The Kristoff Classic Reserva starts off with a combination of strong leather and earth notes up front, along with a bit of spice on the tongue. Other flavors of dark cocoa, tart citrus, grass, creamy almonds and oak flit in and out, and there is some nice black pepper on the retrohale, although almost no sweetness that I can detect as of yet. I almost immediately notice an aggressive bitterness on the finish after every puff that seems to only be getting stronger as the cigar burns down. The smoke production is massive off of the foot, and while the draw is a bit loose, the burn is a bit wavy as well. Strength-wise, the Kristoff Classic Reserva hits a point halfway between mild and medium by the end of the first third, but does seem to be getting stronger.

Kristoff Classic Reserva 2

A slight floral sweetness becomes noticeable around the start of the second third of the Kristoff Classic Reserva, along with dominant flavors of earth and barnyard. Other notes of espresso, oak, creamy nuts, hay and tobacco are also present in lesser amounts, while the black pepper on the retrohale has increased noticeably. Unfortunately, the aforementioned flavors clash with an even more dominant bitterness on the finish, which does not seem to be waning anytime soon. Construction-wise, the draw has tightened up nicely, but the burn is still quite uneven, forcing me to touch it up a couple of times to keep it in line. As expected, the strength has increase and hits the medium mark very close to end of the second third, but seems content to stay there for a while.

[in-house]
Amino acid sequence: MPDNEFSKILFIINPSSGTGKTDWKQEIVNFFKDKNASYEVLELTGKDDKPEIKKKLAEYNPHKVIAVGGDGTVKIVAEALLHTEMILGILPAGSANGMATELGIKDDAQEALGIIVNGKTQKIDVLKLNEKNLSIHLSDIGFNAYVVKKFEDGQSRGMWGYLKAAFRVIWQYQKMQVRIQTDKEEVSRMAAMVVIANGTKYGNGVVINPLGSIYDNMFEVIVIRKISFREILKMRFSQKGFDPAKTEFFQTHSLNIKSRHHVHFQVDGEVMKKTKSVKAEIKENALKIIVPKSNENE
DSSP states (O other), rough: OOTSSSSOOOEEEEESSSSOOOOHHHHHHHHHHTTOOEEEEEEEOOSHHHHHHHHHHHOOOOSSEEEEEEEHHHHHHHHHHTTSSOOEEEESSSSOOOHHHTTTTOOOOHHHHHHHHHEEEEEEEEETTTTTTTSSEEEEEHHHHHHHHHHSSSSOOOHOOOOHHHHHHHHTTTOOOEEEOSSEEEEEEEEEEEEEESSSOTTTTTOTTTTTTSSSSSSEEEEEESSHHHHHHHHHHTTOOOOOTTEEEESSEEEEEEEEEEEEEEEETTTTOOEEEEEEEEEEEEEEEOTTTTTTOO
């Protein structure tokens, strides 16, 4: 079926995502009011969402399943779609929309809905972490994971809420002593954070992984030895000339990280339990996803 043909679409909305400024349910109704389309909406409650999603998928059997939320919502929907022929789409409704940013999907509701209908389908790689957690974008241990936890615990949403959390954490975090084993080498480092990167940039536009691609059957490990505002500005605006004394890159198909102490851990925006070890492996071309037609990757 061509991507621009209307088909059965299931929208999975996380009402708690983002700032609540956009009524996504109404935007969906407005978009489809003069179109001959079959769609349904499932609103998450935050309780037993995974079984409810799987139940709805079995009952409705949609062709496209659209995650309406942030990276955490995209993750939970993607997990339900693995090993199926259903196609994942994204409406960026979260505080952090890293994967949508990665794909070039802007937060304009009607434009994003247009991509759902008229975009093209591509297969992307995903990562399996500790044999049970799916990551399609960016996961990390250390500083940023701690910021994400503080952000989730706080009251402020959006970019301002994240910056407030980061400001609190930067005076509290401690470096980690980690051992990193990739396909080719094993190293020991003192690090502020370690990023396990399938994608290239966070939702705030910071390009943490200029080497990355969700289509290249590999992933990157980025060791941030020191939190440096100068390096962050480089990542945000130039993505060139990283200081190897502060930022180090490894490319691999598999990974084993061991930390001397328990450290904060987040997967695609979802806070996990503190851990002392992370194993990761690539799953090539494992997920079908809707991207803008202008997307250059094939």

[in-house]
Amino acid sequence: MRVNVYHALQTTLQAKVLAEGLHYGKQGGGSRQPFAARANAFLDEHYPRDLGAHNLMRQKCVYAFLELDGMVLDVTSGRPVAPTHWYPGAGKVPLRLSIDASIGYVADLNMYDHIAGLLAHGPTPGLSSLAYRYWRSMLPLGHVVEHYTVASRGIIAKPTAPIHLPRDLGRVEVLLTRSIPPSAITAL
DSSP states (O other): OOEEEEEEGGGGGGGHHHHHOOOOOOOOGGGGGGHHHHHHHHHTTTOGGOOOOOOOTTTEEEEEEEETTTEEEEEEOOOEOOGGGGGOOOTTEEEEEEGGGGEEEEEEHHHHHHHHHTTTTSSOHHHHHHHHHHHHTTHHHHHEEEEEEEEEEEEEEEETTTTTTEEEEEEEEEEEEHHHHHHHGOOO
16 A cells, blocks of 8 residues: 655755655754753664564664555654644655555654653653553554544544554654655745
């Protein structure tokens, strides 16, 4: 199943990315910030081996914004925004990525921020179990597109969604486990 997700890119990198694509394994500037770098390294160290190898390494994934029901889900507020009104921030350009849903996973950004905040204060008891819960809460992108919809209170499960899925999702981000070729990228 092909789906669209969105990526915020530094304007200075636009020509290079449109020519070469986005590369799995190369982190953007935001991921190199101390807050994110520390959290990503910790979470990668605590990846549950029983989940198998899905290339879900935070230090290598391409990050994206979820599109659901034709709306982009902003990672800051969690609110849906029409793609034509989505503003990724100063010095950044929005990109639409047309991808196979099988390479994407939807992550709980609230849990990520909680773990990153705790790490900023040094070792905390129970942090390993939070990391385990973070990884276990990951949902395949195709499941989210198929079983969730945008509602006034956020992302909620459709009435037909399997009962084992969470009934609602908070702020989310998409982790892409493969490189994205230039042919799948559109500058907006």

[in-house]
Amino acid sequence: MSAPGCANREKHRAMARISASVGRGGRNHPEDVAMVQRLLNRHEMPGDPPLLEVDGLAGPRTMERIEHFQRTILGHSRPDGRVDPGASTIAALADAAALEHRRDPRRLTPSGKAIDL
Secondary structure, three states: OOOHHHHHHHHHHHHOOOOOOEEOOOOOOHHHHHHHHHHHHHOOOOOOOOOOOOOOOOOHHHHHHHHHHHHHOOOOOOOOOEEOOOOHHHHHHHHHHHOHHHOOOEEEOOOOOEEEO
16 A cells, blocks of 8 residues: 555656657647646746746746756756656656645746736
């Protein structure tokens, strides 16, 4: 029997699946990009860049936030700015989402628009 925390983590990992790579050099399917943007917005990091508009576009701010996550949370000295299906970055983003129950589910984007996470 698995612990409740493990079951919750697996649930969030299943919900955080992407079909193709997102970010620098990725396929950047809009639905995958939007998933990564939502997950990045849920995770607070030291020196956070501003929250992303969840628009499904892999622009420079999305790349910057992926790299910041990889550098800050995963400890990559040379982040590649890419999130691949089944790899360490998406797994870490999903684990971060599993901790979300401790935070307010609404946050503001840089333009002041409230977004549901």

Kristoff Classic Reserva 3

The final third of the Kristoff Classic Reserva features the same dominant barnyard and earth notes, as well as a very aggressive bitterness on the finish that that thankfully seems to have leveled off. Sadly, the slight floral sweetness from the second third is long gone, but other notes of hay, tart lemongrass, tea leaves, licorice and oak are also present. The black pepper on the retrohale has calmed a bit, but is still strong enough to be a dominant player in the profile and the smoke production is still well above average. Both the burn and the draw have cleaned up their acts, and remain excellent until the end of the cigar, while the strength goes absolutely nowhere, ending up at a solid medium by the time I put the nub down with a little more than an inch to go.

Kristoff Classic Reserva 4
Final Notes